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  11. At the launch of 4th edition the original core books MSRP was around $40 each. And you could pickup all 3 for under $100 as a gift box. I got it at my local game shop for around $80 w/ tax to look at ... using store rewards credits I had earned buying other products. $100 I hate to say isn't too bad an entry fee. I know when i was a kid it took me over a year to amass the 3 core books for AD&D from my allowances and extra chores. But, it is pretty early to determine the value vs price at this point. All we have is bare bone entry accidentally published by a retailer. We know the SKU, MSRP, and that it is a PHB.

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  12. I'm actually surprised they aren't more. As far as they aren't priced for kids...like someone mentioned above, I see a lot of kids using $500 iphones, ipads, and all the other i's. If they want to play they game they'll get it. Or they could do what we used to do when I was a kid. None of us could afford all three books, so one would by the DMG, another the PHB and we'd share and figure out the game together.

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  13. I wouldn't have expected anything other than the three book model. Hasbro, WOTC's parent company, will not be happy with a product line that doesn't bring in multi millions. That translates into huge, bloated books followed by tons of splat books. Good for the publisher, bad for the game. I'd be shocked if the intro set isn't cripple ware since a small, reasonably priced boxed set that is all you need to play won't make enough money. That's where the OSR wins, OSR products are a labor of love and Next is a corporate endeavor that must make millions quickly or Hasbro pulls the plug.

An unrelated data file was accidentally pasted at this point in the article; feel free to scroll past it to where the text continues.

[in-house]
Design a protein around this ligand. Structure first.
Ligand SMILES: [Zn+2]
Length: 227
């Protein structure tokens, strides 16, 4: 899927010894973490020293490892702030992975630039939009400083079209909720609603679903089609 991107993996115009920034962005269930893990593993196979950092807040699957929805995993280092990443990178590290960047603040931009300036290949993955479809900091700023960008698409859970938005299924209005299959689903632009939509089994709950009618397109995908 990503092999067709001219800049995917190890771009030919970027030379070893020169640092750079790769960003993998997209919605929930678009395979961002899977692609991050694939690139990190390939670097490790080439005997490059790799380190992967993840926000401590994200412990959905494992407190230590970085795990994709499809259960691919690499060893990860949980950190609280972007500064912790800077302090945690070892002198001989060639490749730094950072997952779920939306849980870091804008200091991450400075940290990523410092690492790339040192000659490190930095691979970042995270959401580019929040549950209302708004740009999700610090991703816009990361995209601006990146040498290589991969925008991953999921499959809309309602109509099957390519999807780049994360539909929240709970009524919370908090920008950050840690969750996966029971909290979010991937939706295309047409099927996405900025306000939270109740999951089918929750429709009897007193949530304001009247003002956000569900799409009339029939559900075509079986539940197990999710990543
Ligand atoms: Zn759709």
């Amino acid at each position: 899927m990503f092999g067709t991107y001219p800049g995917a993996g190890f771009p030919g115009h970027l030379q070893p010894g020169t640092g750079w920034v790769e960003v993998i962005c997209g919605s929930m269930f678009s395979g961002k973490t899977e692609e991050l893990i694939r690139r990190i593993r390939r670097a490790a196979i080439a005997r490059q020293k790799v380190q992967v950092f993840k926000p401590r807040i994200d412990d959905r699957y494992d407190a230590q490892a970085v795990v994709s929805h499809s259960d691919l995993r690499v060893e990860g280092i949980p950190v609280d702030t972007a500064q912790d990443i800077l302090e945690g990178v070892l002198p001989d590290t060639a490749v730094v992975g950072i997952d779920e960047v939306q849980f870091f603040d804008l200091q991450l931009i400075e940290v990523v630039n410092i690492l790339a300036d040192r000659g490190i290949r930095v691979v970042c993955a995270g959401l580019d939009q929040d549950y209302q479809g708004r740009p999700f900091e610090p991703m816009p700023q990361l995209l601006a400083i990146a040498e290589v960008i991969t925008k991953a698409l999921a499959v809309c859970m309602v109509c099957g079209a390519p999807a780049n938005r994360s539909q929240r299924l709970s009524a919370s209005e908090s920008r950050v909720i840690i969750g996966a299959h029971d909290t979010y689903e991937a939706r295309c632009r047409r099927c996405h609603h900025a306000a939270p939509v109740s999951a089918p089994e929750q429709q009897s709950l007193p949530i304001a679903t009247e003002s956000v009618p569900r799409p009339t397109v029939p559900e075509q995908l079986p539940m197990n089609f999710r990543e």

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  14. 50 bucks does not strike me as being too much to be honest.
    Its 2014, the books will be big full color deals.

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  15. I liked that they ran that public play test, but that's about it. Like many here I suspect that the books will be intentionally crippled to make sure that they can sell follow-up books that finally give you "all the classes and options" as it were. I wish everybody who gets on this the best of luck. For me, there's so much classic D&D material (rules and settings and modules) that I won't be tempted to buy anything new. Except maybe a PDF here or there when they are "updating" an old module again and maybe (who knows) actually improve on the original in some way. B/X with house rules is good enough for me.

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  16. Yeah, the "kids can't afford it" thing isn't quite on mark as others point out. An AAA video game title is $60 at launch. Plus a kid into card games likely drops this much on boosters at the launch of a new set. A kid/adult into Warhammer 40K spends this much on a single model. And this is a similar purchase. This model seems to be in line with Paizo or Fantasy Filght Game RPG pricing and launch titles. Which is more akin to the WotC demographic and sales target. I think it would be cool if they entry level softbound books like Savage Worlds does - so that everyone doesn't have to buy the deluxe hardcovers at the $50 mark.